Tales from the Trail

Washington Extra – Home alone

When it comes to fixing the housing market in this election year, it’s a battle between the “ineffective” and the “do-nothing.”

President Obama’s relief measures for homeowners facing foreclosure have fallen far short of objectives. Republican candidates, meanwhile, prefer to let the marketplace work its magic. Prices will then hit bottom and begin to recover.

The hands-off approach might not cause too much damage to Republicans in South Carolina. But when the race moves to foreclosure-heavy states such as Florida and Nevada, Republican candidates could find themselves having to explain why they don’t want to help any homeowners.

Obama can’t show much in the way of results, but he can reveal a bit of a heart. And he’ll get another chance to show that in next week’s State of the Union, where he is expected to offer another gesture of support for troubled homeowners.

Here are our top stories from Washington…

South Carolina debate critical for Romney as Gingrich looms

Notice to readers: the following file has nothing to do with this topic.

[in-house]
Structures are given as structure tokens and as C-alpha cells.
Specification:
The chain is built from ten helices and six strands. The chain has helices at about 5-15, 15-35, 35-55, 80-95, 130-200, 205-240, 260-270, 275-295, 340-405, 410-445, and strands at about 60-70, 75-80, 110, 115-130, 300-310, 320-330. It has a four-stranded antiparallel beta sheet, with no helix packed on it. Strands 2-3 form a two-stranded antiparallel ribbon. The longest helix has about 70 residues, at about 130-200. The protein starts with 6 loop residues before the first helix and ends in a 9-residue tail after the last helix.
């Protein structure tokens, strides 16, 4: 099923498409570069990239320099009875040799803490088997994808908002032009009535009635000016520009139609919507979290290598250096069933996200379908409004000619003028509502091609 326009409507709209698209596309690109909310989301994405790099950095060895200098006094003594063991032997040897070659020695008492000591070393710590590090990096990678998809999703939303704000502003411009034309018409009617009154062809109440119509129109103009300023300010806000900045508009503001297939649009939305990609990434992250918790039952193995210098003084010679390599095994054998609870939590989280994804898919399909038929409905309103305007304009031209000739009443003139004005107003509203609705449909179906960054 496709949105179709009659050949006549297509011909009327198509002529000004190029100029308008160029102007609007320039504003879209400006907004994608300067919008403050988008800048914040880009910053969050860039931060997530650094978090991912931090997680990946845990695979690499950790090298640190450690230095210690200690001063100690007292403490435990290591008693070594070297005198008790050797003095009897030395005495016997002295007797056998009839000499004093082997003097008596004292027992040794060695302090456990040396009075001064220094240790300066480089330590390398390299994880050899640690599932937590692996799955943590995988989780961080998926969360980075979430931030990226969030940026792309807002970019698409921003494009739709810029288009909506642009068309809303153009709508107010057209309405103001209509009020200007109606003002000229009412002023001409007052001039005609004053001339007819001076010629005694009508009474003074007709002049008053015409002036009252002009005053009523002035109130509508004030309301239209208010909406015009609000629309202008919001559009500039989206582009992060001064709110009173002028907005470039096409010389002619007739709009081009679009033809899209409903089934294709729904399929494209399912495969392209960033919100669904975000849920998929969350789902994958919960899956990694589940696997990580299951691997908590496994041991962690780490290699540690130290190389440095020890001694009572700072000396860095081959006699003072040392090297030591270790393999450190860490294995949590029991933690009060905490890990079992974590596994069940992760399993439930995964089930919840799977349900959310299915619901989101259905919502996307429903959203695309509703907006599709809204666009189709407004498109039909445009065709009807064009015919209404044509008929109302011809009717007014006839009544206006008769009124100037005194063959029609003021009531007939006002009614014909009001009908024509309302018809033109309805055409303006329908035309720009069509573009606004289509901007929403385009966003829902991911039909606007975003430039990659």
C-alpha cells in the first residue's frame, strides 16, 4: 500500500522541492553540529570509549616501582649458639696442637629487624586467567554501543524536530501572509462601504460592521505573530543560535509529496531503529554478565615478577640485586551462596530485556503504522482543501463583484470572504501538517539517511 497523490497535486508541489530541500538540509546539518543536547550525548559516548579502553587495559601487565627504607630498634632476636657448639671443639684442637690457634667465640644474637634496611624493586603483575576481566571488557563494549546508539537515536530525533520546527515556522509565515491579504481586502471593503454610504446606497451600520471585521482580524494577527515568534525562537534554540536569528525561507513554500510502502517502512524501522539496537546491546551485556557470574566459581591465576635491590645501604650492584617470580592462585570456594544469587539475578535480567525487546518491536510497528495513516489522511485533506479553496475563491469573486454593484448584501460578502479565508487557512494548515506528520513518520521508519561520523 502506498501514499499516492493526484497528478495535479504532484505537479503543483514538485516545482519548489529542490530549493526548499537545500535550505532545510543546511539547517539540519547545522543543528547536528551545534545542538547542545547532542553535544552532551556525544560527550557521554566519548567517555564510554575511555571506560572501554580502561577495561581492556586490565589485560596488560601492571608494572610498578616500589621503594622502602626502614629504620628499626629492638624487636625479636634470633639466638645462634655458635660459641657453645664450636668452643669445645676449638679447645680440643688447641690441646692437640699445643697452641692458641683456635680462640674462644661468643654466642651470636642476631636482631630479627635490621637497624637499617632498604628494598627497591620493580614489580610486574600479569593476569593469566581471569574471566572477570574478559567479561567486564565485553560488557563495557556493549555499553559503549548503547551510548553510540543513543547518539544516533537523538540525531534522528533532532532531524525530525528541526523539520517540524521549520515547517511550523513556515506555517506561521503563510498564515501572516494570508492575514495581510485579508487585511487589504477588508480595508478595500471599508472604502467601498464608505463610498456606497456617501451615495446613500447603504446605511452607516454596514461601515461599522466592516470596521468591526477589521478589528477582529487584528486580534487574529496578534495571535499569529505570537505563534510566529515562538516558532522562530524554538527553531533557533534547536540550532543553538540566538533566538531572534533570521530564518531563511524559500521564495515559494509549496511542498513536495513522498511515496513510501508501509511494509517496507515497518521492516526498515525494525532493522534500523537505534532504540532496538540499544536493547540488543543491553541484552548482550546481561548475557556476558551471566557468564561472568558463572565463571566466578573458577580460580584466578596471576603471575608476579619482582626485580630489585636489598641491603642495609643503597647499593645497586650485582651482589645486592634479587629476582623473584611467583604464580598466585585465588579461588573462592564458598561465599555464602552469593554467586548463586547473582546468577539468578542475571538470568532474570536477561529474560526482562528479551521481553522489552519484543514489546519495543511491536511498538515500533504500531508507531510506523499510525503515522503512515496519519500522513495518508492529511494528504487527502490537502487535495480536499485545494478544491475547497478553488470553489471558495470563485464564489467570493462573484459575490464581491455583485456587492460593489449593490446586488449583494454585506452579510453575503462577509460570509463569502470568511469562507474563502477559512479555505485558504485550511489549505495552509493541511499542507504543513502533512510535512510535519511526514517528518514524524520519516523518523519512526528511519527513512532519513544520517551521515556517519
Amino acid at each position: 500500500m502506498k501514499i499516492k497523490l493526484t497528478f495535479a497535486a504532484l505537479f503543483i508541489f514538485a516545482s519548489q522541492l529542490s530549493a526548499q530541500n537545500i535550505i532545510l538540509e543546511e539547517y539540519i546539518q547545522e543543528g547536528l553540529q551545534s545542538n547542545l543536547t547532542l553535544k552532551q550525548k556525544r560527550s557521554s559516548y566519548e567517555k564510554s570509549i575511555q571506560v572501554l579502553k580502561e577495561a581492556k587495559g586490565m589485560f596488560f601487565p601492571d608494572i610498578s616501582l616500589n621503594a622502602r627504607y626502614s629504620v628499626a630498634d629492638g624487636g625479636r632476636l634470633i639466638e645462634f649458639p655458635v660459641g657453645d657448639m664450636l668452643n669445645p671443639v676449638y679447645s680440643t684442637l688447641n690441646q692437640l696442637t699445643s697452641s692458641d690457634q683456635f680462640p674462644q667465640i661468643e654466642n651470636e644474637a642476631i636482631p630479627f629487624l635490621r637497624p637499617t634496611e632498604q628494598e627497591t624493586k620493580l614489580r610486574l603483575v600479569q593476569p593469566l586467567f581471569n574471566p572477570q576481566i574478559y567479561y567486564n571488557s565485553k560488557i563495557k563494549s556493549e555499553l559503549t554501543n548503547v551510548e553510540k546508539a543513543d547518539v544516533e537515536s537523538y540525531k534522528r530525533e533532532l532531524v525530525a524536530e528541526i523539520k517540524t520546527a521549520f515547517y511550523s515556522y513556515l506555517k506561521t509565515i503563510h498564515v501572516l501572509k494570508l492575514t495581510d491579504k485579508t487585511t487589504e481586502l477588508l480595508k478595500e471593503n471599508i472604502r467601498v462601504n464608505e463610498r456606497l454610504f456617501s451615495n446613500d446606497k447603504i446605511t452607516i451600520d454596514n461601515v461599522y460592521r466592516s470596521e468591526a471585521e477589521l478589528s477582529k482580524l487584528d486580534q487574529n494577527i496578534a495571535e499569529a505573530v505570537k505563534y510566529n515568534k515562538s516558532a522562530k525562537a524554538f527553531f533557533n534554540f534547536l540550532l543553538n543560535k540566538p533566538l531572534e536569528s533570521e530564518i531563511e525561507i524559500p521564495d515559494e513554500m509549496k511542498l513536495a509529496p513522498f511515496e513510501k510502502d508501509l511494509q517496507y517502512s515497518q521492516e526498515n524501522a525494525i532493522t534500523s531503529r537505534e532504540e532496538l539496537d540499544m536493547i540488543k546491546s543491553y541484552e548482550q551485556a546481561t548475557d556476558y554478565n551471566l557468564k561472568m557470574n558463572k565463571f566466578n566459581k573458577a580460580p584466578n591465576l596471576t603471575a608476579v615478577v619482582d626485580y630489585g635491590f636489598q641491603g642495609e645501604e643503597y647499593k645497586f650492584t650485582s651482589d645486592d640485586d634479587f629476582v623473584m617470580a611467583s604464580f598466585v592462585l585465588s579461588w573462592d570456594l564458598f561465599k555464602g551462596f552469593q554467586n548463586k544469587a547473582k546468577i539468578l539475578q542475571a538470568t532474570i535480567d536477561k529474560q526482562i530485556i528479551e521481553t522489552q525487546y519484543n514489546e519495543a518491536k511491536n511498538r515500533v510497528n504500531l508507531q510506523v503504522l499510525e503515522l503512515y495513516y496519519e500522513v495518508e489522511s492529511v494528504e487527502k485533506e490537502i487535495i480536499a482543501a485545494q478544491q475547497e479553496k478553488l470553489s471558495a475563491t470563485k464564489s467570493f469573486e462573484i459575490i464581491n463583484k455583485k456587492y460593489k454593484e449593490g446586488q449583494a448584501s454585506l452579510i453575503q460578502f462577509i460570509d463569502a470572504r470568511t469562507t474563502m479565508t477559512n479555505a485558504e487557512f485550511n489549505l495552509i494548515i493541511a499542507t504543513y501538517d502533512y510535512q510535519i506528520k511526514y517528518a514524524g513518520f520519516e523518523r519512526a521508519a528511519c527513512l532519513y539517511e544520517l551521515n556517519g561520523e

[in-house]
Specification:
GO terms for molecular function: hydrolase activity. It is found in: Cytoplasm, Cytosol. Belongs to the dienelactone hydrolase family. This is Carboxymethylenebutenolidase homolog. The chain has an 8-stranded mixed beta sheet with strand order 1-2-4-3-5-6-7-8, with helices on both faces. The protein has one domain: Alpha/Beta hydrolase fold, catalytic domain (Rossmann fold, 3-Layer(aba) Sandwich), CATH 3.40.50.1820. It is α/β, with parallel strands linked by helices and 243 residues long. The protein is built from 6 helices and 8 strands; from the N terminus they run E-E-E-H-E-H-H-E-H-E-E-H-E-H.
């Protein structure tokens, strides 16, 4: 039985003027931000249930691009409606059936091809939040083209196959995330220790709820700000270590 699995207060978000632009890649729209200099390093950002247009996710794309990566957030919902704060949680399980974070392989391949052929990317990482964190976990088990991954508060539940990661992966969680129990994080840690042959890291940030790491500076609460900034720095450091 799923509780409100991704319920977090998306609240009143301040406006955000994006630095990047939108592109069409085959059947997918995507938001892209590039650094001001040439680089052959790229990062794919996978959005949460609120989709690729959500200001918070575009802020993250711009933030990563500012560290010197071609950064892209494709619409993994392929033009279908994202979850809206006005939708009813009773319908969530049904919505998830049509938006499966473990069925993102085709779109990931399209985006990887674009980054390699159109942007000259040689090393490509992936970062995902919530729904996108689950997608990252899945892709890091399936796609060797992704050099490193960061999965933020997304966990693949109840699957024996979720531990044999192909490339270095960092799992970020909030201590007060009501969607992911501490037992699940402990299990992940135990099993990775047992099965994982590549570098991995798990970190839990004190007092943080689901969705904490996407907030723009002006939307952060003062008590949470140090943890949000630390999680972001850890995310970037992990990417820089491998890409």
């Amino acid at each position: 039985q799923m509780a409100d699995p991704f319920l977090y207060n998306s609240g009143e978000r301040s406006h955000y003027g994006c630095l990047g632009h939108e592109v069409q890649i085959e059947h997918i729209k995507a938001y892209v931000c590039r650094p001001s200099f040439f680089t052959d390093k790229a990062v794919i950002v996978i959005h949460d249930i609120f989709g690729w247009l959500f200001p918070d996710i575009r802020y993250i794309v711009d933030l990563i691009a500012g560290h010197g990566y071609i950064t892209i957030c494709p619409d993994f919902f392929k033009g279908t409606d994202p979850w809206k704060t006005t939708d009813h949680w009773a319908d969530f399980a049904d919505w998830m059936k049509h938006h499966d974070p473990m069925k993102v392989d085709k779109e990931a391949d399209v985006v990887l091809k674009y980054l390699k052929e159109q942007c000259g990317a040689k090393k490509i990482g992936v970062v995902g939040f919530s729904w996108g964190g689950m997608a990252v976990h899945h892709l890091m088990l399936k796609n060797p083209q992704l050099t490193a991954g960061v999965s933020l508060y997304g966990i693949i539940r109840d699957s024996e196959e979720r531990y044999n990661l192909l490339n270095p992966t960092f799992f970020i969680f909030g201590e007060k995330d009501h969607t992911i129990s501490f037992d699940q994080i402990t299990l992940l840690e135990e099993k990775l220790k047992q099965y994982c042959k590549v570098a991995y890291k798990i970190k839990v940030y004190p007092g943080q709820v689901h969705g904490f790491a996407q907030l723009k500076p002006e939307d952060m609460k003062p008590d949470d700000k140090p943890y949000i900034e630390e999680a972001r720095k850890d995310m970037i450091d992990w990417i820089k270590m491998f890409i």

Republican presidential candidates meet again for perhaps the most crucial debate yet in the 2012 campaign, with front-runner Mitt Romney beginning to look shaky and likely to face fire from nearest challenger Newt Gingrich. It is the final chance for rivals to chip away at Romney’s lead in South Carolina ahead of the primary vote.

Perry stands ground on Turkey

Given an opportunity to revise (back down or retract) his comments he made in Monday’s Republican debate linking Turkey to “Islamic terrorists,” Texas Governor Rick Perry stood his ground on Tuesday.

The Republican presidential candidate made no apology for nearly touching off an international incident with his take on the long-time U.S. ally. Perry defended his view in a CNN interview, hours after Turkey’s response.

Here’s the video: